Sockeye Salmon

The Sockeye Salmon, also known as the Kokanee Salmon, is a species in the Salmonidae family. Researchers place it in the taxonomic genus Oncorhynchus, along with the cutthroat trout, pink salmon, dog salmon, coho salmon, rainbow trout, king salmon, and more. Read on to learn about the Sockeye Salmon.

Description of the Sockeye Salmon

Like many salmon species, this fish changes drastically when it comes time to spawn. Adults in the ocean have iridescent blue scales. As they return to freshwater to spawn, their scales turn red and their heads turn green.

As adults, these fish typically measure about 2 feet long and weigh between 5 and 10 pounds.

Interesting Facts About the Sockeye Salmon

These fish have a number of unique traits and adaptations. Learn more about this species, below.

  • Anadromous – These fish begin life in freshwater habitats, swim to the ocean, and return to freshwater when it comes time to spawn. You can find this lifecycle, also known as an anadromous life cycle, in most salmon species.
  • Landlocked – However, some populations of this species live out their entire lives in freshwater habitats. People refer to species in landlocked areas with no access to the ocean as “kokanee salmon.” These populations do not reach the same sizes as those that migrate to the ocean.
  • Semelparous – Regardless of where they live, these salmon have semelparous lifecycles. This means that the fish spawn once and die shortly after. The nutrients from their bodies enrich the waters and help their fry survive.
  • Redds – Another way that the adults help their young survive are the construction of redds. The females dig these redds, or nests, in the gravel of a stream or creek. After she lays her eggs, she buries them in the redd to hide them from predators.

Habitat of the Sockeye Salmon

Young salmon hatch in freshwater habitats. They spend the first part of their lives growing in lakes, ponds, streams, creeks, and rivers. Eventually, they migrate to brackish estuary habitats, and then into the ocean. Adults spend their lives in coastal seas before returning to freshwater habitats to spawn.

Distribution of the Sockeye Salmon

These fish live along the western coast of North America. Their range extends from the coast of California north to Alaska, and then across the Bering Strait to eastern Russia and northern Japan.

While spawning, these fish range inland up freshwater streams, rivers, and creeks. Some populations also live in landlocked bodies of freshwater with no access to the ocean.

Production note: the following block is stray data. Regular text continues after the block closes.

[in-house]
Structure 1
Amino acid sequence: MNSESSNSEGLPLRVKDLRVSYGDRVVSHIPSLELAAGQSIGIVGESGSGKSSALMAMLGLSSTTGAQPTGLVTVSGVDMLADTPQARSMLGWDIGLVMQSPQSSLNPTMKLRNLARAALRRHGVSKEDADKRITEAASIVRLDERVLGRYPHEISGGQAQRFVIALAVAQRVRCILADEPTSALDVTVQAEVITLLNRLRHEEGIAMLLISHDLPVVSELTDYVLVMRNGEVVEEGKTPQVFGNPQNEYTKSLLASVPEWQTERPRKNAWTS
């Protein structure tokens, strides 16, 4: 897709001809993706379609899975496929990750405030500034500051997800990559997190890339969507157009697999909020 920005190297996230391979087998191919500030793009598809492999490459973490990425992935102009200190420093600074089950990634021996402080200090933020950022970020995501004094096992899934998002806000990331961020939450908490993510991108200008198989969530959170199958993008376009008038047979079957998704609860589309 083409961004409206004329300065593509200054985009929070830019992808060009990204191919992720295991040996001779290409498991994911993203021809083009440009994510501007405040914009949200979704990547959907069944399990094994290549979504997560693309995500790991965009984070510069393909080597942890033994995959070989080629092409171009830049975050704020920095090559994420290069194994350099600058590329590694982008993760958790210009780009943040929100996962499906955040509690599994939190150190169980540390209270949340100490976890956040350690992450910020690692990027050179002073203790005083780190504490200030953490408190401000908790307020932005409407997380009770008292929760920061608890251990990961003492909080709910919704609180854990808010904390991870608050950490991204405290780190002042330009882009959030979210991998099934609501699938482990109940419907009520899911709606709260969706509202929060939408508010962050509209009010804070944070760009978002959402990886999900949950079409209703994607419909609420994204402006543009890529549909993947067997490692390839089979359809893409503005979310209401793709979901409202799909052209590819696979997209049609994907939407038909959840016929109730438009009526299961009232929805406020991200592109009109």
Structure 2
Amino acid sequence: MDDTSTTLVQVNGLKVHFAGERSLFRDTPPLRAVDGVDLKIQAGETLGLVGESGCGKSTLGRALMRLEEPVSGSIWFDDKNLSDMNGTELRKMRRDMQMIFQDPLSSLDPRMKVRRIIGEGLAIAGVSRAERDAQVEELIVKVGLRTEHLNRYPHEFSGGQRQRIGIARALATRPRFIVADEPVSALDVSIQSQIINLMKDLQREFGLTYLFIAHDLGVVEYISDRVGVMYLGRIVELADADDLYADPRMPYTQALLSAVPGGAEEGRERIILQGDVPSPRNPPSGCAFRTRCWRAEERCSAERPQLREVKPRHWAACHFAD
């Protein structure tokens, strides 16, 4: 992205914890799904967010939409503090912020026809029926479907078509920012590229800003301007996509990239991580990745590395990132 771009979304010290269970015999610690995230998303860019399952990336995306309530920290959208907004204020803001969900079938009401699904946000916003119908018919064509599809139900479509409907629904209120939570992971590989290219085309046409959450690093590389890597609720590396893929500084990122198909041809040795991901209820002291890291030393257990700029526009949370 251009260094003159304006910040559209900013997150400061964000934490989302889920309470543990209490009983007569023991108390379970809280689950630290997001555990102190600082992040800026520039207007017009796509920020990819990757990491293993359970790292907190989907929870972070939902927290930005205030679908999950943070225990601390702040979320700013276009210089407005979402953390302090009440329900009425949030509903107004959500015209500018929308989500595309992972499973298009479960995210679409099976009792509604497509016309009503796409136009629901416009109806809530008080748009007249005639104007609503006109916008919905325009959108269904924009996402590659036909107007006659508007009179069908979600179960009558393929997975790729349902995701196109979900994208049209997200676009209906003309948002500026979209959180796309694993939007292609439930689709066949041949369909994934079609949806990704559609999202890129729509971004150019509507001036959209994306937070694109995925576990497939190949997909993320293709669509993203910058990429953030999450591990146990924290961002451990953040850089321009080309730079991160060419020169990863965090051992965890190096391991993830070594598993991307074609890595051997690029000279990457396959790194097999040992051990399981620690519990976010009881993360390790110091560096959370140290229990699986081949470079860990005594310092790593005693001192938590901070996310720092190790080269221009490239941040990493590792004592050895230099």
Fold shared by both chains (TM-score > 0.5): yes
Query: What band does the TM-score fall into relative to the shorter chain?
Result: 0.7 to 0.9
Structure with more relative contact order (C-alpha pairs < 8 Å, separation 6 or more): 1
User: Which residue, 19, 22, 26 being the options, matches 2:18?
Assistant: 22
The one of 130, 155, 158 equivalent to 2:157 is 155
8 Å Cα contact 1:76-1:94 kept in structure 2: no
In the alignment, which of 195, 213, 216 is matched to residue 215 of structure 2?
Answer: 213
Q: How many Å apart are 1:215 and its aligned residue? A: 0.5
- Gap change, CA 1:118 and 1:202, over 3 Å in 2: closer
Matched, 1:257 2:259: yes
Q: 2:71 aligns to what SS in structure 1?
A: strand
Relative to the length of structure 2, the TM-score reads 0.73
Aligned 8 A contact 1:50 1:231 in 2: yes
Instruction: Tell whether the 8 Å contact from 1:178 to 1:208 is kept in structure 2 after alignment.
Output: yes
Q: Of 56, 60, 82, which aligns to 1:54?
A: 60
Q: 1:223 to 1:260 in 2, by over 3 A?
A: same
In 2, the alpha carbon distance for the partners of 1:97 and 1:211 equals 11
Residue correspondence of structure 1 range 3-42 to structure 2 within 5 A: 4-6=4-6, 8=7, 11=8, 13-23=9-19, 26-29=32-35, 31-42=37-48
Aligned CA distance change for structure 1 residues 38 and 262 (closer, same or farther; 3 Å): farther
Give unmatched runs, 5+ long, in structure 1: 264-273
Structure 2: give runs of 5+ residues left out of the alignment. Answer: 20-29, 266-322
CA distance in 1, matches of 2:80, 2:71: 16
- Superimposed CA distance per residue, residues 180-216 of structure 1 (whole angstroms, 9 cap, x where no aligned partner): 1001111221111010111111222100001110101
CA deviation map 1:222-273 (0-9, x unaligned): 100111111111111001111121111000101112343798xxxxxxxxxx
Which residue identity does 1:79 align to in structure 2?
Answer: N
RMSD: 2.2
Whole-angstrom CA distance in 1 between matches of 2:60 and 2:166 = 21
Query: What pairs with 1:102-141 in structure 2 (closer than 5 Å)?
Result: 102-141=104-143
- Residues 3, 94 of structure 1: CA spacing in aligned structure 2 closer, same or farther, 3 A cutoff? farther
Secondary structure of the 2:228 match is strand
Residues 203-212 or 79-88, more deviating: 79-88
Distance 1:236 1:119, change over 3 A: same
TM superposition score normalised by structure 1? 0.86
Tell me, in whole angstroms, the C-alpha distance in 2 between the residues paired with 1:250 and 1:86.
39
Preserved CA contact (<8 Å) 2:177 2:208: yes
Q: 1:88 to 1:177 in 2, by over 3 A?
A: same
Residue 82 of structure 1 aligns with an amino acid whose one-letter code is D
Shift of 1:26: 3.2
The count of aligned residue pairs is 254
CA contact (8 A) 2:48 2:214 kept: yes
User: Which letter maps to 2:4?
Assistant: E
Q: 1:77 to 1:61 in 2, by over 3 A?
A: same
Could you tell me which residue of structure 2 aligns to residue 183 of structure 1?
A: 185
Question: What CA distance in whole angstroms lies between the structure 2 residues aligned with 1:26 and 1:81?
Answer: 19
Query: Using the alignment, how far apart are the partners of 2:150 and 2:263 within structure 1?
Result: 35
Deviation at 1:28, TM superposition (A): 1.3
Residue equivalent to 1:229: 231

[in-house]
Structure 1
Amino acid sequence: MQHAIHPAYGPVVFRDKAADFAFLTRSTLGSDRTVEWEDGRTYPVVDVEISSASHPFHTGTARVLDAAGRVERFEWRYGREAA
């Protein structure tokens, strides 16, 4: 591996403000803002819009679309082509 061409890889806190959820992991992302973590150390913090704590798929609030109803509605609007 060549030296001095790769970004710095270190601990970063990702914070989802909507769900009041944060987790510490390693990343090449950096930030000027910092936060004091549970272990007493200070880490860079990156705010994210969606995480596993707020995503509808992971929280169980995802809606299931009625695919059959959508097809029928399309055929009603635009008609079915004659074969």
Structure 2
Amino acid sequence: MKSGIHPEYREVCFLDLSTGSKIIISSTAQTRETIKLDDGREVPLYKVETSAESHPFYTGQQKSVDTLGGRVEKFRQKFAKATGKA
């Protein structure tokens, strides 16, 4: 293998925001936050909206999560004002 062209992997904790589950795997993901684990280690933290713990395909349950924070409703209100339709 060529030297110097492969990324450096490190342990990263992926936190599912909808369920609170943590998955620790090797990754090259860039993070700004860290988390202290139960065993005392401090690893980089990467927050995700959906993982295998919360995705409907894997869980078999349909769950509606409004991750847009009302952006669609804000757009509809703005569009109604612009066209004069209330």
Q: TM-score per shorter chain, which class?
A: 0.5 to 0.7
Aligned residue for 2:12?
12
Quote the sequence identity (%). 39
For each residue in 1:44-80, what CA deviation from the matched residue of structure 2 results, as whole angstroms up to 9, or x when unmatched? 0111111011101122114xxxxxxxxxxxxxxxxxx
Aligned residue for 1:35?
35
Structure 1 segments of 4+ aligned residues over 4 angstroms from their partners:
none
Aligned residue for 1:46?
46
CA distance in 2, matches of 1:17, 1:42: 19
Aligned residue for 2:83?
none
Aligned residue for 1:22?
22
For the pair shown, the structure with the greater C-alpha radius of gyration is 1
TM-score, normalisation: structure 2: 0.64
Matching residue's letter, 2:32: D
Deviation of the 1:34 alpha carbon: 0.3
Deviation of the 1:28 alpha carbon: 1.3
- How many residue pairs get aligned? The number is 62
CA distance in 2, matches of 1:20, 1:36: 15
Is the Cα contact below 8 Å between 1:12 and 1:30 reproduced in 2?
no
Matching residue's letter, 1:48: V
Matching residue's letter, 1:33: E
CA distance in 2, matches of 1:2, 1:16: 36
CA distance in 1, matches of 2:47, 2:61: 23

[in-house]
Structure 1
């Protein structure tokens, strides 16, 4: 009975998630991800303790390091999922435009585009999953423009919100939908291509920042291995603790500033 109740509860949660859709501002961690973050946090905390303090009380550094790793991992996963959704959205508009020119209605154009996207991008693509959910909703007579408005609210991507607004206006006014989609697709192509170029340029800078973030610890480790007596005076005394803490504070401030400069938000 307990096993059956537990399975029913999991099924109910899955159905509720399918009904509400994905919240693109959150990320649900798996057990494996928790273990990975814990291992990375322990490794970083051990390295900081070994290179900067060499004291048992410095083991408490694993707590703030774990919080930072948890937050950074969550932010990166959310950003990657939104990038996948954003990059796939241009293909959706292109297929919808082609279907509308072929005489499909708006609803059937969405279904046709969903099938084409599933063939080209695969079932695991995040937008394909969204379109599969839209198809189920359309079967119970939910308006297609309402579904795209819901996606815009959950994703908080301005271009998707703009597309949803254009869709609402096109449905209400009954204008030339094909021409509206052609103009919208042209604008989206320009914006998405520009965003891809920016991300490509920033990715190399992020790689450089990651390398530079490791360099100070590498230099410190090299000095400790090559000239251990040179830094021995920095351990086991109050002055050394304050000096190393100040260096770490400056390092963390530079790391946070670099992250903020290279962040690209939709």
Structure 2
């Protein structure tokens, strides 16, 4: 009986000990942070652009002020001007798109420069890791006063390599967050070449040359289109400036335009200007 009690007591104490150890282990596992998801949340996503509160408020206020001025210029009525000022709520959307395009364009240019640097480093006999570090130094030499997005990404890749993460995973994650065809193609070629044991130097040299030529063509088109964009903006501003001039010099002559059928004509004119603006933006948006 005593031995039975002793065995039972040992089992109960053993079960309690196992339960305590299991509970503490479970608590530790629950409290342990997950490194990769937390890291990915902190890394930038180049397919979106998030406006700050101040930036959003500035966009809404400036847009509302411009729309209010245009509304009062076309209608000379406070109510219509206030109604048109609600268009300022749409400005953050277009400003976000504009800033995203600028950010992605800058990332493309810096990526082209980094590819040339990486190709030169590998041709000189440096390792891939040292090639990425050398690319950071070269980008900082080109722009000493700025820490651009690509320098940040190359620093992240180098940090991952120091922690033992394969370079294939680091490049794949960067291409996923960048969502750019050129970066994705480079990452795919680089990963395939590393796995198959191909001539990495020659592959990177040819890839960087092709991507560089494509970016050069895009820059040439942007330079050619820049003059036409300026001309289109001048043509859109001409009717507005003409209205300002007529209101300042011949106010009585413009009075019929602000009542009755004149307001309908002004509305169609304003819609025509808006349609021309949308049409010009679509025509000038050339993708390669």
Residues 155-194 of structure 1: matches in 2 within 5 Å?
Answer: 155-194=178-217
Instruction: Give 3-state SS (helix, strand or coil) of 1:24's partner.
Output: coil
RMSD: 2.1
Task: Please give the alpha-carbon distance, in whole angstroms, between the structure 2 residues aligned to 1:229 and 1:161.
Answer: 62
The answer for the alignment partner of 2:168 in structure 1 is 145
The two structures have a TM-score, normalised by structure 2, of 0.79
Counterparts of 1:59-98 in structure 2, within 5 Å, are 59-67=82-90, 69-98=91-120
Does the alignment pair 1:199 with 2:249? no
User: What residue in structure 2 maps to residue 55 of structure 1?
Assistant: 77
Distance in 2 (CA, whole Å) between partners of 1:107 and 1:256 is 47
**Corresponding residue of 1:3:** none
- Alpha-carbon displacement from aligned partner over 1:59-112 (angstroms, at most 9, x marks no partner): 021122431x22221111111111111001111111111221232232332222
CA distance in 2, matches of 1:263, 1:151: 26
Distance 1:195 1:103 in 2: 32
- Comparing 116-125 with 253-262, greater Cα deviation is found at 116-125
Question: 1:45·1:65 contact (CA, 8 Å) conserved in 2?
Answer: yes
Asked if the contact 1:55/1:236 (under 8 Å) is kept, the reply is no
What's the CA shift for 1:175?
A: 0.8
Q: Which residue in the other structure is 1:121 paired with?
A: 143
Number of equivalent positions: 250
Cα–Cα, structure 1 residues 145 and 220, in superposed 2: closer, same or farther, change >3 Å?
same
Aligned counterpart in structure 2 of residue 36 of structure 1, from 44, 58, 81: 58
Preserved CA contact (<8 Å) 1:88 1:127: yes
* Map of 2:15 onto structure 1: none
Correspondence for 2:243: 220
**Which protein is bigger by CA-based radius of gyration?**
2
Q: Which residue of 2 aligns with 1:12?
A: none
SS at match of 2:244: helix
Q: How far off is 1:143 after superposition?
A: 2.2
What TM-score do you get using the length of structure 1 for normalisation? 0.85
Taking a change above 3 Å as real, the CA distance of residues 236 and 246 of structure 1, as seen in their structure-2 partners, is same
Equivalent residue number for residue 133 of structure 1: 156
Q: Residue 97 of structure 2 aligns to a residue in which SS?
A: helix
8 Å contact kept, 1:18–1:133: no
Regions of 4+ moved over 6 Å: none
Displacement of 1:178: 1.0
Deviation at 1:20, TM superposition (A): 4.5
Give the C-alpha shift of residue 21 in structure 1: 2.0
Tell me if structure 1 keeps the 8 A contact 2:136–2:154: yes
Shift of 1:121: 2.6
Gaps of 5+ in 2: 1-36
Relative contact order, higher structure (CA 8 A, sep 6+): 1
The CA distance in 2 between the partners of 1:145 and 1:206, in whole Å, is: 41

Diet of the Sockeye Salmon

This species of salmon has carnivorous feeding habits. However, unlike other salmon species which feed on fish, their primary prey consists of invertebrates.

Plankton, such as krill, make up the majority of their oceanic diet. They hunt for plankton at different depths during different times of day. Juveniles in freshwater habitats hunt for insects, insect larvae, and mollusks like snails.

Sockeye Salmon and Human Interaction

Human activity impacts this species quite drastically, as people catch and eat this salmon prolifically. Other human impacts, like pollution and habitat destruction, also cause problems for this fish.

In some areas and for some populations, these activities have drastically reduced their numbers. However, the IUCN lists the population as a whole as Least Concern.


Humans have not domesticated this fish species in any way.

Does the Sockeye Salmon Make a Good Pet

No, you would not want to keep this fish as a pet. They grow quite large, which means that it would be difficult to keep them in a home aquarium.

Sockeye Salmon Care

Very few facilities keep this species, including fish farms. Those facilities that do keep the fish typically house them in a saltwater habitat. They house the salmon in massive oceanic tanks with a variety of other species that they naturally cohabitate with in the wild, such as garibaldi. Aquariums feed the fish a variety of plankton and other small invertebrates.

Behavior of the Sockeye Salmon

Throughout their lifecycle, this fish species lives in groups known as schools. The largest salmon have the highest spot on the dominance hierarchy.

The young fish hatch in freshwater habitat, where they continue to grow and hide from predators, moving downstream towards the ocean. Adults spend their lives in the ocean, and return to fresh water when it comes time to spawn.

Reproduction of the Sockeye Salmon

When the spawning fish swim upstream, the females choose suitable locations to dig their nests in the gravel. A female digs several nests, called “redds,” laying eggs in each.

As the female lays her eggs, the male fertilizes them, and the female then buries the eggs in gravel. Shortly after spawning, the adults die, and their carcasses enrich the water with nutrients.

Females can produce up to 200 eggs. It takes about a month for the eggs to hatch, and the young fish are fully independent at birth.